Rather than scrap phone use altogether, Hancock recommends a policy that requests clients keep their phones on silent/vibrate—especially if the salon space doesn’t include private rooms—to maintain a quiet environment. As for texting, the hope is that clients’ hands will be too busy getting pampered to be distracted.

6. Pets

Pets are cute, but many owners like to draw a line at gratuitous fido appearances in the salon. A few reasons: Other clients could have allergies or—even worse—a fear of dogs. However, salon experts agree that a case-by-case approach to a general “no pets” policy is prudent. Hancock allows for service dogs (“I’d have to really look at the need basis,” she notes), while Idehen says that only very small dogs kept in carriers would be considered.

“We have to be respectful of all guests and maintain the salon environment,” she reasons.

7. Health History and Illness

Asking a client for her health history (think: diabetes, a current pregnancy or medications) allows you to safeguard both the client and you against any possible health complications due to services rendered, as well as arm staff with any necessary information in case of emergency (such as seizures).

“For salon safety in general, you must ask about fungus, skin conditions and allergies, too,” adds Kallens.

It’s best to keep track of these answers in a client file; Hancock and Burke include health history sections in their client consultation form and salon waiver, which clients fill out during their first appointment. “

I always tell my clients when they’re filling out the waiver and personal info form not to leave anything out, even if they think it’s not a big deal,” Hancock stresses.

Her rationale: Even minor issues, like medication, can impact the service quality and how products interact with the client’s nails.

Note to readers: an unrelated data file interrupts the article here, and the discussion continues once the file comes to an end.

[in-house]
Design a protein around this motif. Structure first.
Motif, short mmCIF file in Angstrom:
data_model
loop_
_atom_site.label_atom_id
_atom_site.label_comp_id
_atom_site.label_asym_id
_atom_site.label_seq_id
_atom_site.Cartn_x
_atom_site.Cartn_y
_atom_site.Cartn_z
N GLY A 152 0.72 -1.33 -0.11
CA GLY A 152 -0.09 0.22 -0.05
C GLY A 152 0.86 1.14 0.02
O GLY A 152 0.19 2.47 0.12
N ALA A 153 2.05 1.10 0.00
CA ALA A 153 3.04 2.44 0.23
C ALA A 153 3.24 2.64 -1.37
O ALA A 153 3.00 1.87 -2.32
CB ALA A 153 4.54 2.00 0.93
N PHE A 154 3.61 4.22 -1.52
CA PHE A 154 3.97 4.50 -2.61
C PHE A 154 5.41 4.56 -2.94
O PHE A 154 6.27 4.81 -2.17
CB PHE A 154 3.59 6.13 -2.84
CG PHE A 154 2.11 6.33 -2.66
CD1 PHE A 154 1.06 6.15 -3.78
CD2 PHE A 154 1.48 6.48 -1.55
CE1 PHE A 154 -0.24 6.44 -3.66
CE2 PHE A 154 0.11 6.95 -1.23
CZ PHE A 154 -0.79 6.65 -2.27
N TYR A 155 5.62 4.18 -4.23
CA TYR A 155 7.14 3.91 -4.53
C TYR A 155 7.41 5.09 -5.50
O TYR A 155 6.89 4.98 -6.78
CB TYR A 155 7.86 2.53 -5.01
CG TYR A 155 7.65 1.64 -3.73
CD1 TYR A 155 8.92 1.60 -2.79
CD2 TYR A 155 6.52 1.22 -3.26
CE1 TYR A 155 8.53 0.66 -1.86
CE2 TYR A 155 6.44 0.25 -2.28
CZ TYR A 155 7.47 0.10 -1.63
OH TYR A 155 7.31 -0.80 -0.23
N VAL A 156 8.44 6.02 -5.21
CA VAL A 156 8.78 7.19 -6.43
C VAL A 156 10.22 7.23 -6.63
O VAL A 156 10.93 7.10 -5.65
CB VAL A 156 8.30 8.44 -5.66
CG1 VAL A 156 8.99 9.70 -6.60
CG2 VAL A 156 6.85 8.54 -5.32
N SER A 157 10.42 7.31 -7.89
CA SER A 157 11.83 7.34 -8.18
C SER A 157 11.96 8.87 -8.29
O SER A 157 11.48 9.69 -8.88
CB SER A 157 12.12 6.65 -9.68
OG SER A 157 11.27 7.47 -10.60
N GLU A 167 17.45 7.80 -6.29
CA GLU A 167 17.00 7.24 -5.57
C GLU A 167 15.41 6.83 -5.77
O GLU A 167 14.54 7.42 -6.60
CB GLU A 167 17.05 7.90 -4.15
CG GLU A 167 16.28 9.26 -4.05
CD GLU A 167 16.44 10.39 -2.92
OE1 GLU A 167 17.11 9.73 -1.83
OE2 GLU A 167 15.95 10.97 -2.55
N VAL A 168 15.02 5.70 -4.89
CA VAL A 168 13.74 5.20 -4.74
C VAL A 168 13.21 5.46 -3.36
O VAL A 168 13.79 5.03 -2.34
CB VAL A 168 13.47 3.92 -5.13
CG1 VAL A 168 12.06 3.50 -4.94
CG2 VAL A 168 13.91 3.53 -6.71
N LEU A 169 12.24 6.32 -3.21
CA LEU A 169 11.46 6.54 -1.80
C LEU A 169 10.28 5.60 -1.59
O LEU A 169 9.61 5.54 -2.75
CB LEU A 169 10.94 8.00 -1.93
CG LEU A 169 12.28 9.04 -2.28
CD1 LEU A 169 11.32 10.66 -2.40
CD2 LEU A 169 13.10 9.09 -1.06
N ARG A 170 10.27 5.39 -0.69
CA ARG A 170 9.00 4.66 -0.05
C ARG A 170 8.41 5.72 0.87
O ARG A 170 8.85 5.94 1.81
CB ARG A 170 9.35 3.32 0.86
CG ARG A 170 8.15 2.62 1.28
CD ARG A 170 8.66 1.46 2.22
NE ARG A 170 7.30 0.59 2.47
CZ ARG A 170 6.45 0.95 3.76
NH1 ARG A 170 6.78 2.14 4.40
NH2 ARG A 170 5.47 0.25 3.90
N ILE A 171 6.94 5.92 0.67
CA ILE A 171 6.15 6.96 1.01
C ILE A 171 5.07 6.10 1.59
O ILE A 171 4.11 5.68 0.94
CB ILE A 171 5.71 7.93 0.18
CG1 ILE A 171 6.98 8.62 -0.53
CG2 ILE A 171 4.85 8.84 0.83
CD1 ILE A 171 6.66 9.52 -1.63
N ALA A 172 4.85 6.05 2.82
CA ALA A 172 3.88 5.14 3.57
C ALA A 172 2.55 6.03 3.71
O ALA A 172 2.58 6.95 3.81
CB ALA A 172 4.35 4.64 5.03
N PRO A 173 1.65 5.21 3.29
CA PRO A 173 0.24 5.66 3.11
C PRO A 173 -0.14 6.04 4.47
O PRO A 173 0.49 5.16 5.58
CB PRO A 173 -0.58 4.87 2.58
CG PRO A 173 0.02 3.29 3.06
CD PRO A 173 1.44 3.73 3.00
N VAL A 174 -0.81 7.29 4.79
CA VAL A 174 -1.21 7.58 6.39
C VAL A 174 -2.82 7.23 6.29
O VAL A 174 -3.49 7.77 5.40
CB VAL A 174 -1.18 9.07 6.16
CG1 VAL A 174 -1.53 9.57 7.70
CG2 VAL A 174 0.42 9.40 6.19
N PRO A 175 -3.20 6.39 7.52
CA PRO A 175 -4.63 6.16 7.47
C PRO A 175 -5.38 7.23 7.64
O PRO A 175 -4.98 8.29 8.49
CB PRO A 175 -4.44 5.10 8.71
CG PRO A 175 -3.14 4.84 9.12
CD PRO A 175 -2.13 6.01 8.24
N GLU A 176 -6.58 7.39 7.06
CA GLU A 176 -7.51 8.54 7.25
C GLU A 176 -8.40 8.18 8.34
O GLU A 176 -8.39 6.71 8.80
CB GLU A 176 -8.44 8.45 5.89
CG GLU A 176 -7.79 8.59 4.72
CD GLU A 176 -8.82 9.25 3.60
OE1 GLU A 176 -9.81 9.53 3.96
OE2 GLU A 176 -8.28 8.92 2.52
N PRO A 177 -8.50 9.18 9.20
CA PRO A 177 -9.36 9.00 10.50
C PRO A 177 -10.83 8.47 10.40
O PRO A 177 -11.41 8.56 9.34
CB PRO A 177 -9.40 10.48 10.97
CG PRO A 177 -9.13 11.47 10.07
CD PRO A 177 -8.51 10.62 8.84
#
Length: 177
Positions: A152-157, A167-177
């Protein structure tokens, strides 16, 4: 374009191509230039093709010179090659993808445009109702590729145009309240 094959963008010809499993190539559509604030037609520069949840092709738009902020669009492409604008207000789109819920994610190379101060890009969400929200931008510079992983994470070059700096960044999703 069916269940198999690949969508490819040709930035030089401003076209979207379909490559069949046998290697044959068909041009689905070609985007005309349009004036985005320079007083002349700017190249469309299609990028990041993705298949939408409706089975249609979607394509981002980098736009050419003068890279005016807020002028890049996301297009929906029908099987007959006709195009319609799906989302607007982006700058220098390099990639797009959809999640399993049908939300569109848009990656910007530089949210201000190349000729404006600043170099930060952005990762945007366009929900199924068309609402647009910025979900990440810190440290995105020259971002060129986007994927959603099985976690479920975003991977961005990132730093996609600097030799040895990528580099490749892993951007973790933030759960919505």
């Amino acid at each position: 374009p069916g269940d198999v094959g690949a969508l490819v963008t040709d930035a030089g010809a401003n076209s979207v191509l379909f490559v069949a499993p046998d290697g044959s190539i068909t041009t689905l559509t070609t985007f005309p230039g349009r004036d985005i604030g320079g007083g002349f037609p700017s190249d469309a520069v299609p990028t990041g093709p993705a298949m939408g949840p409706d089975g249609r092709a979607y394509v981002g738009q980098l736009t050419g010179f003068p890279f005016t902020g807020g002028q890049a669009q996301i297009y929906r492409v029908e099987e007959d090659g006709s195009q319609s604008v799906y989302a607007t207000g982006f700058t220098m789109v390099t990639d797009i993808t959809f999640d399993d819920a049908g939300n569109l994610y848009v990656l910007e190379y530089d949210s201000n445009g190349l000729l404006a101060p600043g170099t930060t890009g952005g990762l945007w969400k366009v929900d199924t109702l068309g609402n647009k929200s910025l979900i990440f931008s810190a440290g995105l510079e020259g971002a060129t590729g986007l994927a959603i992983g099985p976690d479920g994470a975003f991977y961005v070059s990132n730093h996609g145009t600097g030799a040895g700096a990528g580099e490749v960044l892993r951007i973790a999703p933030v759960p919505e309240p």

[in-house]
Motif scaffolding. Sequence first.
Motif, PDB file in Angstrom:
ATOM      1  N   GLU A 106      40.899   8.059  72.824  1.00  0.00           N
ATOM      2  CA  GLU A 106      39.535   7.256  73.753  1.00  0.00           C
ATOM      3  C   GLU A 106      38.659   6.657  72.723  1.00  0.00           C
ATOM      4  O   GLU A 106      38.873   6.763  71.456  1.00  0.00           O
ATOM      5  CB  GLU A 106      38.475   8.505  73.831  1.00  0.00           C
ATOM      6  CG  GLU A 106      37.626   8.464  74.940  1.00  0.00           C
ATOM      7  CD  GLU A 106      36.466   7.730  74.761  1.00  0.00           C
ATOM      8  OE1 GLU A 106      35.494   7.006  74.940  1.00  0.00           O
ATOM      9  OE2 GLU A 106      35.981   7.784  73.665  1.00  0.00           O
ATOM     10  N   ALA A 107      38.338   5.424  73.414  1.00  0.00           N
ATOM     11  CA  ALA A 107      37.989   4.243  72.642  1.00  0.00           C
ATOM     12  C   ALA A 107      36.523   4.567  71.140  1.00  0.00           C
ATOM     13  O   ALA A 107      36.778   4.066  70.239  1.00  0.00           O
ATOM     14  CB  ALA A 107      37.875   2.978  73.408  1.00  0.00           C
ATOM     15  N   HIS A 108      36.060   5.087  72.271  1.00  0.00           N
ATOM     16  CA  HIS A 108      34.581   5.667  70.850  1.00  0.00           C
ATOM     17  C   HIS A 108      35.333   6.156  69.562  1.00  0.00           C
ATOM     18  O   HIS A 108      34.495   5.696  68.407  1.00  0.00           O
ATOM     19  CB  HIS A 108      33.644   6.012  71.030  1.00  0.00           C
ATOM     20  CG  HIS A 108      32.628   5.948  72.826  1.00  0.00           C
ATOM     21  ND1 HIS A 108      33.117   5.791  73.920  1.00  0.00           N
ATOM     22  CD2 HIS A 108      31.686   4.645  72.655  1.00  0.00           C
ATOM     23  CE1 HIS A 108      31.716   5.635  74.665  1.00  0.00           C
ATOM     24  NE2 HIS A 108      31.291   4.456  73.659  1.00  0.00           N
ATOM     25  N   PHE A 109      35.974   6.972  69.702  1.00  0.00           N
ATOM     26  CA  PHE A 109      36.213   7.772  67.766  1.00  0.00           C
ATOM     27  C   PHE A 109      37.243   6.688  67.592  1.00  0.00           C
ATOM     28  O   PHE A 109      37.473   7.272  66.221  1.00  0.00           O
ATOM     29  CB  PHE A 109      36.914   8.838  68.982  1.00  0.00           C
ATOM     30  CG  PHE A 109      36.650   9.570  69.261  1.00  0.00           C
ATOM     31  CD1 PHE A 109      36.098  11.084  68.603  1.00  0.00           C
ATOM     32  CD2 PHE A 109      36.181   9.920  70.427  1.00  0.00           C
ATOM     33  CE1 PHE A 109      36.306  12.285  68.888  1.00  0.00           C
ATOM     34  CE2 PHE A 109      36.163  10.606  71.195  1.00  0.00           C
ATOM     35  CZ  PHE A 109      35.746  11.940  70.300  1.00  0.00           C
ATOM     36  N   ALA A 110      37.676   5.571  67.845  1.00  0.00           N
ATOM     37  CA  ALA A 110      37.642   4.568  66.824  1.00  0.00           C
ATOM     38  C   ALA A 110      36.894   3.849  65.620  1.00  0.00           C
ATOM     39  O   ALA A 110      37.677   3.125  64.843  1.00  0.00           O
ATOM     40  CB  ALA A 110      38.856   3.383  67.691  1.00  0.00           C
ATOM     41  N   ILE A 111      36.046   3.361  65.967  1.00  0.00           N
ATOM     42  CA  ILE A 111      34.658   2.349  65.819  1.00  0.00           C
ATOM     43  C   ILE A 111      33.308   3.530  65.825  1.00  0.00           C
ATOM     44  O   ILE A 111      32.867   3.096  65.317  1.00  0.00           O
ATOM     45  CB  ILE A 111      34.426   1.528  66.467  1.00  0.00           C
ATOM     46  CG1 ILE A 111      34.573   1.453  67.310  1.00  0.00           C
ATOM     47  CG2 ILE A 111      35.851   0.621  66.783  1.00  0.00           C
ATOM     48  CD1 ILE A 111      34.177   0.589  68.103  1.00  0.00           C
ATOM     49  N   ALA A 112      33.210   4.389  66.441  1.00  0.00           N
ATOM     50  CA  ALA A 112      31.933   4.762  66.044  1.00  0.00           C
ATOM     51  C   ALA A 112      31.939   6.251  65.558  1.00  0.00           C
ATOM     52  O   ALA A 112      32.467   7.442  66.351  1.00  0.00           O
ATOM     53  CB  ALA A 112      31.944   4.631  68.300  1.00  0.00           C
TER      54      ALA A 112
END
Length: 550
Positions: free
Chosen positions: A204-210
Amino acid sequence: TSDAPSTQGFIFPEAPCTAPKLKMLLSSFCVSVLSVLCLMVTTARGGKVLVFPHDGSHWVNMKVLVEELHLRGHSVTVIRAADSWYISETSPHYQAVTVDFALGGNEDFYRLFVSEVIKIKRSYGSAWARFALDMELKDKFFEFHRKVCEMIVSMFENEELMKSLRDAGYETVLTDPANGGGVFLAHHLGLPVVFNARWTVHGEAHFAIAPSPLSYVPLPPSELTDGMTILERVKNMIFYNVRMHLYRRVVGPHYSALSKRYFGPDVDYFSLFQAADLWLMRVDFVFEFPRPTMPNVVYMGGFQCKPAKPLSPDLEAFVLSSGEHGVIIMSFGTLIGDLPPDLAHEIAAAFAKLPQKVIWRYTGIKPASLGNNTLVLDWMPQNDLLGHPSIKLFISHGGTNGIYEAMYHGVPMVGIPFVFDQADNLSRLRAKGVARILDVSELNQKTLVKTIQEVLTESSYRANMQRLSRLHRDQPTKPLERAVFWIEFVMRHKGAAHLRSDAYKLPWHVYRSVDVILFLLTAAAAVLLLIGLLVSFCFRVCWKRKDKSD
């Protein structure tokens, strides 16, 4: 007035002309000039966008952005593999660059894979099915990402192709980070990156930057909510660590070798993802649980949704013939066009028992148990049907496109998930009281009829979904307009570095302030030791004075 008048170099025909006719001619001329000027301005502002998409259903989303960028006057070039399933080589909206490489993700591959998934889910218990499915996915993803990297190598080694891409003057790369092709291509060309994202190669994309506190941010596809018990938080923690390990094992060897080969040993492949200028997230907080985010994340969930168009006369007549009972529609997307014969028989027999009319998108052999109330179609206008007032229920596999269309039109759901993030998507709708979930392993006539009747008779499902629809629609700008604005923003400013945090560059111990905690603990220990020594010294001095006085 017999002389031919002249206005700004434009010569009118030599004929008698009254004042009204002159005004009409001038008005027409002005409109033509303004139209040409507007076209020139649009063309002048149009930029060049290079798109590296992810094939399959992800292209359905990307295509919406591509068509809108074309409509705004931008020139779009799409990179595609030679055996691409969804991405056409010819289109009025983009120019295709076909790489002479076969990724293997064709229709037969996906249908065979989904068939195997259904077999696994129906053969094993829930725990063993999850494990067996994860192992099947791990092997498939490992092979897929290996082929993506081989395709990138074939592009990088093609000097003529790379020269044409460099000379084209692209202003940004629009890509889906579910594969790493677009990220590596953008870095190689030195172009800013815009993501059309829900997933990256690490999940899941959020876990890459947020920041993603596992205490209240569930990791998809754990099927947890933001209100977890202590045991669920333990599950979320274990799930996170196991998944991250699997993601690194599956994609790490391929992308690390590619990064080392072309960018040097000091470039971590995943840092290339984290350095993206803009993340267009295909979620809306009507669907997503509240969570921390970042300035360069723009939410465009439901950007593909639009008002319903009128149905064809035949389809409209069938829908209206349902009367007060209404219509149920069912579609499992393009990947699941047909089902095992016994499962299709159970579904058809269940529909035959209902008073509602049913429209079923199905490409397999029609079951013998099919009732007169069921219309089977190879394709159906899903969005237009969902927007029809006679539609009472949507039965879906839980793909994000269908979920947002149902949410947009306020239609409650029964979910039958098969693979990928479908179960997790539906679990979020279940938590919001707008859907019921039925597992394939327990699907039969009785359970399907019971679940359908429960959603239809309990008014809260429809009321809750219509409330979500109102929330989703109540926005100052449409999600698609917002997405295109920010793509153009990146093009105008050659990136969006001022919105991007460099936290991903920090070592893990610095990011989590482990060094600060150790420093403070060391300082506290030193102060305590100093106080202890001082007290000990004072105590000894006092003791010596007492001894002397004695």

“In most cases it may not matter; however, some medical issues are extremely important. It’s better for clients to disclose information than not,” she says.

As for clients who cough and sniffle their way into the salon, Burke believes imposing a policy that requires clients to cancel their appointment and reschedule in the event that they’re sick is a no-brainer. For stubborn clients, make clear in your “sick day” policy that they may be asked to wear a mask or even turned away.

Burke spells out the impact carelessness can have on staff and clients in her policy: “Illness in the shop results in canceled appointments and spreads it to our families, as well as exposing those who may have compromised immunity.”

8. Privacy

When you ask for a client’s health history and credit card information, it’s imperative to assure the client that you’ll keep her information secure. That means making sure you have a transparent policy in place that explains whom has access to the information and how it’s used.

“Only upper-level management, which includes myself, the receptionist and salon manager, has access to client information,” says Idehen.

She notes that her computer and booking system both require traceable log-ins, allowing her to see what was accessed and who accessed the information.

Hancock adds that any proprietary information, such as the client’s personal preferences for her services, as well as her demographics and health history, are on a professional need-to-know basis only.

“The information is never sold or shared; it’s always kept private for their protection,” she says. “That’s my golden rule.”

This article was first published in the March 2018 issue of Nailpro.